Cast based on an original in the British Museum. Nero Claudius Caesar, born in Antium in 37 to Gnaeus Domitius Ahenobarbus and Agrippina the Younger, was one of Rome’s most intriguing emperors. His mother was the fourth wife of the emperor Claudius and she persuaded him to adopt her son Nero. Agrippina’s malicious intentions were to kill Claudius so that her son would attain the position of emperor, so upon Claudius’ untimely death, seventeen-year-old Nero ascended to the throne in the year 54.
Nero’s personal accomplishments were numerous: he played the lyre, sang, recited his own poetry, competed in the Olympic games, and enjoyed painting and sculpture. Nero is most remembered by the quote, “Nero fiddled while Rome burned,” which may hold some truth. Apparently after a devastating fire ravaged the city of Rome in 64, Nero took the opportunity to displace citizens and build a grand palace for himself called the Domus Aurea in the center of the city. By this time Nero was out of control, and in 65, many high ranking Romans planned the Pisonian conspiracy: a plot to assassinate Nero and name Gaius Calpurnius Piso as the new emperor. Nero unfortunately discovered their plans and put many people to death including his tutor Seneca. Many people died at the hands of Nero throughout his reign including his wife Poppaea, his mother Agrippina, and countless others. The extremely unpopular emperor eventually died at the age of thirty-two after committing suicide in the year 68, “reputedly lamenting, ‘What an artist dies with me!” (Hornblower and Spawforth, 1038).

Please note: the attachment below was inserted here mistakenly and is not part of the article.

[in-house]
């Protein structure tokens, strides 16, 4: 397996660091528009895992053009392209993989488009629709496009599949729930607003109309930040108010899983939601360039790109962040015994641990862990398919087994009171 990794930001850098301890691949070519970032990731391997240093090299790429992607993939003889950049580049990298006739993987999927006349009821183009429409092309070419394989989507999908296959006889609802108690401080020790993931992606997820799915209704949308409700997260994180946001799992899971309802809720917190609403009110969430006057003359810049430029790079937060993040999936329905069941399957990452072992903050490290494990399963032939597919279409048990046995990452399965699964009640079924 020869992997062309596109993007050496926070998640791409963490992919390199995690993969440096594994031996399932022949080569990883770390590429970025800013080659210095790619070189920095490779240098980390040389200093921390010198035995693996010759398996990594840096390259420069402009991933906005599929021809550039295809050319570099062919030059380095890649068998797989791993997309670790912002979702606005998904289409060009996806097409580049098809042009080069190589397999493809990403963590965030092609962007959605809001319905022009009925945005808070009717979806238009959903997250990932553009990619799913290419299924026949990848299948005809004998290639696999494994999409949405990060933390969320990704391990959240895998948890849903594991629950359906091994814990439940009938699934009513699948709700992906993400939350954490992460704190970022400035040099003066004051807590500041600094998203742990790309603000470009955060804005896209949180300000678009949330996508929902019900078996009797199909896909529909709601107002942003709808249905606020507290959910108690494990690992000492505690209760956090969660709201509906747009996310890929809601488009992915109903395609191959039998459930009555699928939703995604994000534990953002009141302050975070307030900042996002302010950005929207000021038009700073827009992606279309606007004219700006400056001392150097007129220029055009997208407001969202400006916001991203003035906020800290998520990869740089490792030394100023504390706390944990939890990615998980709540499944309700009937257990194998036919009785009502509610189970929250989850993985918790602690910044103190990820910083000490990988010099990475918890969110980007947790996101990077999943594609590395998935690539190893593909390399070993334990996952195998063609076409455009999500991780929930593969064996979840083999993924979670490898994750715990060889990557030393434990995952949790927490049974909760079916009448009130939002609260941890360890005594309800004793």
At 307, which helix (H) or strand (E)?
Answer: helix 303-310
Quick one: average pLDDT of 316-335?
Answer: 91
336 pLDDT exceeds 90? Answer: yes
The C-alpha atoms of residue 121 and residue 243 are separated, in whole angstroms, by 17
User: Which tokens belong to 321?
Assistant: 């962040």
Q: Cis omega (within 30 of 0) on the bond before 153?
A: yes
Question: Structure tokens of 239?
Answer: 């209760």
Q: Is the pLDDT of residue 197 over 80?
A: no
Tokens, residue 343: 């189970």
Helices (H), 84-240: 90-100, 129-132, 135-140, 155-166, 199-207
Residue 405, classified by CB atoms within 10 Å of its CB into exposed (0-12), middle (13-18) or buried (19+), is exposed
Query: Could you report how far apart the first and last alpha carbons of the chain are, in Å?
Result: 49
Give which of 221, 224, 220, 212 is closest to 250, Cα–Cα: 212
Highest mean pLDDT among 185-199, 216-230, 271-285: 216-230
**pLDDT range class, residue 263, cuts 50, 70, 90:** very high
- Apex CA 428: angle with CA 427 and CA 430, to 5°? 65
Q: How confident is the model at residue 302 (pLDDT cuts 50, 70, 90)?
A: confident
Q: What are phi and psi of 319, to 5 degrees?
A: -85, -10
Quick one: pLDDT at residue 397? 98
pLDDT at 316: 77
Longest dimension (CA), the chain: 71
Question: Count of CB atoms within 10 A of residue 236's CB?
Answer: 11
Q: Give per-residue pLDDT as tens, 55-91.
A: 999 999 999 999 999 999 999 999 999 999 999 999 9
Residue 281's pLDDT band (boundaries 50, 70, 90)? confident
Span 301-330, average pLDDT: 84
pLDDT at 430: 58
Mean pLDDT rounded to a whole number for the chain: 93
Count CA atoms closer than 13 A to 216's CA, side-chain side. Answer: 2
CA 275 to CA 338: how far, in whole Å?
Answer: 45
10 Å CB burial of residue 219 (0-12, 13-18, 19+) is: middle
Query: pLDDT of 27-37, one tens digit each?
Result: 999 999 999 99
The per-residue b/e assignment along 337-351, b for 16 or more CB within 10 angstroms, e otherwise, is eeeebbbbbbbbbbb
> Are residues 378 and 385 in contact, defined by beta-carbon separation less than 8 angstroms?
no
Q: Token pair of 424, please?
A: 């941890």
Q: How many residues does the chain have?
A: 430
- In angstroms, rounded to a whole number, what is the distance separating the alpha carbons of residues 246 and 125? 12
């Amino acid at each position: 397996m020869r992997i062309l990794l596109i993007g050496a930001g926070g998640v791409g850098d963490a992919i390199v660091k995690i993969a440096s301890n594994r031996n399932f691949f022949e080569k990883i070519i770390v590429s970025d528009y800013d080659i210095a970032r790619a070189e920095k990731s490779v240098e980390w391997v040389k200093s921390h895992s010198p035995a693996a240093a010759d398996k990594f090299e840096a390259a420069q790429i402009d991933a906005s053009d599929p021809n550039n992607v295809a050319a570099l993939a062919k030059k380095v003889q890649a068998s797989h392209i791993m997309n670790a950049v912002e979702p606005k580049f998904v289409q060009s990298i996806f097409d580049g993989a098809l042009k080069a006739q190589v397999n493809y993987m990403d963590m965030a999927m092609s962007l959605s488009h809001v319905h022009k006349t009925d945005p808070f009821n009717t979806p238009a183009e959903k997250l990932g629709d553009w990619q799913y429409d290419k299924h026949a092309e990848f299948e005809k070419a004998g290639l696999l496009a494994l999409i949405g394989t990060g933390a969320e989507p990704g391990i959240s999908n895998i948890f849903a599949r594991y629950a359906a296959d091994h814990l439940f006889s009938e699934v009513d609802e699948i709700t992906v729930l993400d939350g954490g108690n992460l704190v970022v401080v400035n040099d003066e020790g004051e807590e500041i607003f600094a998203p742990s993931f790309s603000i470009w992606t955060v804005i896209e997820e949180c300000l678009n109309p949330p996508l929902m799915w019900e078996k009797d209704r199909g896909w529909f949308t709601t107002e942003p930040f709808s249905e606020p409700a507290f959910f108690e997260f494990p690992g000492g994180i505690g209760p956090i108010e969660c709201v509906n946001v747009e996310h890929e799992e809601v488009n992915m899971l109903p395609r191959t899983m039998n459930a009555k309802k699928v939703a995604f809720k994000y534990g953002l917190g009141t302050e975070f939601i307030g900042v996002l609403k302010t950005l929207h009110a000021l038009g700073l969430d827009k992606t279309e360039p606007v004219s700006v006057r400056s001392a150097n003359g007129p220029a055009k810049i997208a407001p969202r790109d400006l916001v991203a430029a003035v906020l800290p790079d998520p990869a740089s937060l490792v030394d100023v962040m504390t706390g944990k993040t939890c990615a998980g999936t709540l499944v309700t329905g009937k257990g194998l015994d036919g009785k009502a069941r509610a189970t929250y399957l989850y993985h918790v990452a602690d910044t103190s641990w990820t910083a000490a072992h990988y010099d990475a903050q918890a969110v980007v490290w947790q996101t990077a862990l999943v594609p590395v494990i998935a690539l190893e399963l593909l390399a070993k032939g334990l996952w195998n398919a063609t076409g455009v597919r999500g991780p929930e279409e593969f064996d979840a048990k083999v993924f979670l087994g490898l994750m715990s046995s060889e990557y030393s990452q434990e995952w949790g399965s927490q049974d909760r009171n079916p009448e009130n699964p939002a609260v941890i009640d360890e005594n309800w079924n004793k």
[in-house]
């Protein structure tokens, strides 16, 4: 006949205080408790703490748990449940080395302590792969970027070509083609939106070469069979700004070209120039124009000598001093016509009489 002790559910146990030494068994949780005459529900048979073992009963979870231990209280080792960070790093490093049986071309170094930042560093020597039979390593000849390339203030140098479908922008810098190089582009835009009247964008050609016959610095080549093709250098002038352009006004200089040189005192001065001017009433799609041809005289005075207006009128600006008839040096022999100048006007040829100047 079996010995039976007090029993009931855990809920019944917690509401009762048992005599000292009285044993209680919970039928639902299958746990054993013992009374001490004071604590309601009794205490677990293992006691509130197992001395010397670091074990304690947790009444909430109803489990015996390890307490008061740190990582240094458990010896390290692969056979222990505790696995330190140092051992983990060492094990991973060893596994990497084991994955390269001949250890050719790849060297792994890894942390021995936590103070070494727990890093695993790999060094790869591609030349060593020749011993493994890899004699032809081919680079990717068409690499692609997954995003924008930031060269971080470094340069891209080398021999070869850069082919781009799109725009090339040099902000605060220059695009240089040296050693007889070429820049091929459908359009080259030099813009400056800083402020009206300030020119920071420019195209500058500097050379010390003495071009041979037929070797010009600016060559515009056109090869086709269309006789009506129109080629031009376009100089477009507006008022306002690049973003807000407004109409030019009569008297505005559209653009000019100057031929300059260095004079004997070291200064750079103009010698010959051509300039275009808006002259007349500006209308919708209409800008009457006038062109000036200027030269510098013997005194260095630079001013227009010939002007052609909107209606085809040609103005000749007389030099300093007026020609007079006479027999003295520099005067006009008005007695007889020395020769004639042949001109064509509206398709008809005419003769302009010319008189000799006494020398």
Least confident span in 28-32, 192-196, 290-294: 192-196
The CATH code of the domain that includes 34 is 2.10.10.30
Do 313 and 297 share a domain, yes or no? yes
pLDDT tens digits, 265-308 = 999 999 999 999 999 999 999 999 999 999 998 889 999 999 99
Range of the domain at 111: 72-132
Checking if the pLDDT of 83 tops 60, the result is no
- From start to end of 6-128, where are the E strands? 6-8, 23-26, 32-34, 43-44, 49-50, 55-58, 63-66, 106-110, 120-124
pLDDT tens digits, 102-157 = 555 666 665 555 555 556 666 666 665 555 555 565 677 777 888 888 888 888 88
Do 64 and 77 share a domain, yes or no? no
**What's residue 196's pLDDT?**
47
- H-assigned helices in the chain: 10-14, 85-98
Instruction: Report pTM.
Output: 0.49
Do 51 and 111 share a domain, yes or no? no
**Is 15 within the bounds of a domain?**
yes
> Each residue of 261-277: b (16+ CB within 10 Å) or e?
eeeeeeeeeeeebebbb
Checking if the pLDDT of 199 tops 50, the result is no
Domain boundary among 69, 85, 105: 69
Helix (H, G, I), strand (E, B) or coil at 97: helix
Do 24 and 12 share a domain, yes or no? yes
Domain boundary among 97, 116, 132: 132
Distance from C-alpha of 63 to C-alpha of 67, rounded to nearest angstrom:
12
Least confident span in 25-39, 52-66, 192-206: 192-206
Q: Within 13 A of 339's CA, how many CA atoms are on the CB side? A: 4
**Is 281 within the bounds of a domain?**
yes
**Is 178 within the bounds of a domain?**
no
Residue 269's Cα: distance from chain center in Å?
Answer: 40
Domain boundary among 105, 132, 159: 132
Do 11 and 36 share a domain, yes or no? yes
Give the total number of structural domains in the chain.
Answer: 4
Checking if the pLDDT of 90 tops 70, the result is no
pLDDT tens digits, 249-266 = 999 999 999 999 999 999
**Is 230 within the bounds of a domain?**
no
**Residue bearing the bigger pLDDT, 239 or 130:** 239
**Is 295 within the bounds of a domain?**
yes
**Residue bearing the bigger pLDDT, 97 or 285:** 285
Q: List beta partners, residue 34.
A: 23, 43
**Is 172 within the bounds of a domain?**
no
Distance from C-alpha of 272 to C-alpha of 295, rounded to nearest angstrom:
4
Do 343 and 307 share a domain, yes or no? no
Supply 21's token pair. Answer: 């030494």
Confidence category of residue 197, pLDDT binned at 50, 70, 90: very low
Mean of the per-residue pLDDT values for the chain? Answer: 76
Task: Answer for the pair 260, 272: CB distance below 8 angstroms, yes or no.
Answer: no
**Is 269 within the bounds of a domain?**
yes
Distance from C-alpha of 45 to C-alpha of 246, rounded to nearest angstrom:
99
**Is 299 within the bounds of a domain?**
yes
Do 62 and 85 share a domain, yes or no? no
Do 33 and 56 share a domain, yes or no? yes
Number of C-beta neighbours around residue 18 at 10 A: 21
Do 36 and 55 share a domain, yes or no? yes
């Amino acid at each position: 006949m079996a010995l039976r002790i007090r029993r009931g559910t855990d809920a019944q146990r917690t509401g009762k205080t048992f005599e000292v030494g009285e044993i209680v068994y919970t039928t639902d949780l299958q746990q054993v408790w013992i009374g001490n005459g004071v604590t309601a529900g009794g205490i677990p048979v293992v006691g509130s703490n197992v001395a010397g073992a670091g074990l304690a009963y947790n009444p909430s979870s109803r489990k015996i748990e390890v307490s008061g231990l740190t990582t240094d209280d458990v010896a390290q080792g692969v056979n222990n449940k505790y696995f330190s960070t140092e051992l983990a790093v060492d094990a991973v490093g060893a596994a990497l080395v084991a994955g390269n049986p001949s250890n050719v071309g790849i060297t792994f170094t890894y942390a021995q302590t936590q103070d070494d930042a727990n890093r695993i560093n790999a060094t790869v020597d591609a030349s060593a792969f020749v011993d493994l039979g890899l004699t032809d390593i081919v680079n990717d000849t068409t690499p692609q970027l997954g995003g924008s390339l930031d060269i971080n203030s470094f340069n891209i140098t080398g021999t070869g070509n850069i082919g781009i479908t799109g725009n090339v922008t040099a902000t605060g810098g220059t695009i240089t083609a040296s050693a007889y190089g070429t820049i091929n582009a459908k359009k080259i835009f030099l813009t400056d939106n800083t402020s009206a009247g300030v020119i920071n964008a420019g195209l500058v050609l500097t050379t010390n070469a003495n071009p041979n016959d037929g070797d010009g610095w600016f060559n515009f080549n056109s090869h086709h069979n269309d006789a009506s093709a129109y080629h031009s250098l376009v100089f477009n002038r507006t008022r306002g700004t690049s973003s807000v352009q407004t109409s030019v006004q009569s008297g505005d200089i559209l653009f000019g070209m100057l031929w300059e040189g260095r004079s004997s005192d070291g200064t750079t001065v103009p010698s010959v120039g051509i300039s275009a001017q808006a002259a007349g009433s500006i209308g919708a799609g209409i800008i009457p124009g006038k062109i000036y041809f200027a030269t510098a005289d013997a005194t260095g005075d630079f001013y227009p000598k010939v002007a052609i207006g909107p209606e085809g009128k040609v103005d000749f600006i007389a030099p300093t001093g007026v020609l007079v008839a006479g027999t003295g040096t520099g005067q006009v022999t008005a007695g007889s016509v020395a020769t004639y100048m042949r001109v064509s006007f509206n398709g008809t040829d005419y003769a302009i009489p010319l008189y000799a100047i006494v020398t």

Nero’s portraiture is rather hard to study chronologically since so many of his portraits were destroyed or defaced after his death. Many coins have survived that show Nero as the emperor, but less then 25 sculptures remain and most of them depict Nero in his youth. His physical characteristics include, “high cheekbones, fleshy jaw and neck, and a full head of tousled hair that is brushed from the crown of his head, low on the forehead,” (Kleiner 136). In later sculptures, like this replica at the Wilcox collection, which depicts Nero at about thirty years of age, his features are primarily the same as those in his youth with one exception: In these busts, his hair is styled in such a way that his wavy hair is culed tightly, especially around his face, and these curls are pushed up forming a wave or crown over his forehead. Nero’s portraits are interesting because although Nero was young when he died, his portraiture reflects the aging process and his differing psychological states as he matures from a boy with youthful exuberance to a paranoid megalomaniac.
Hornblower, Simon and Spawforth, Anthony, ed: The Oxford Classical Dictionary. Oxford & New York: Oxford University Press, 1996.
Kleiner, Diana E.E. Roman Sculpture. New Haven & London: Yale University Press, 1992.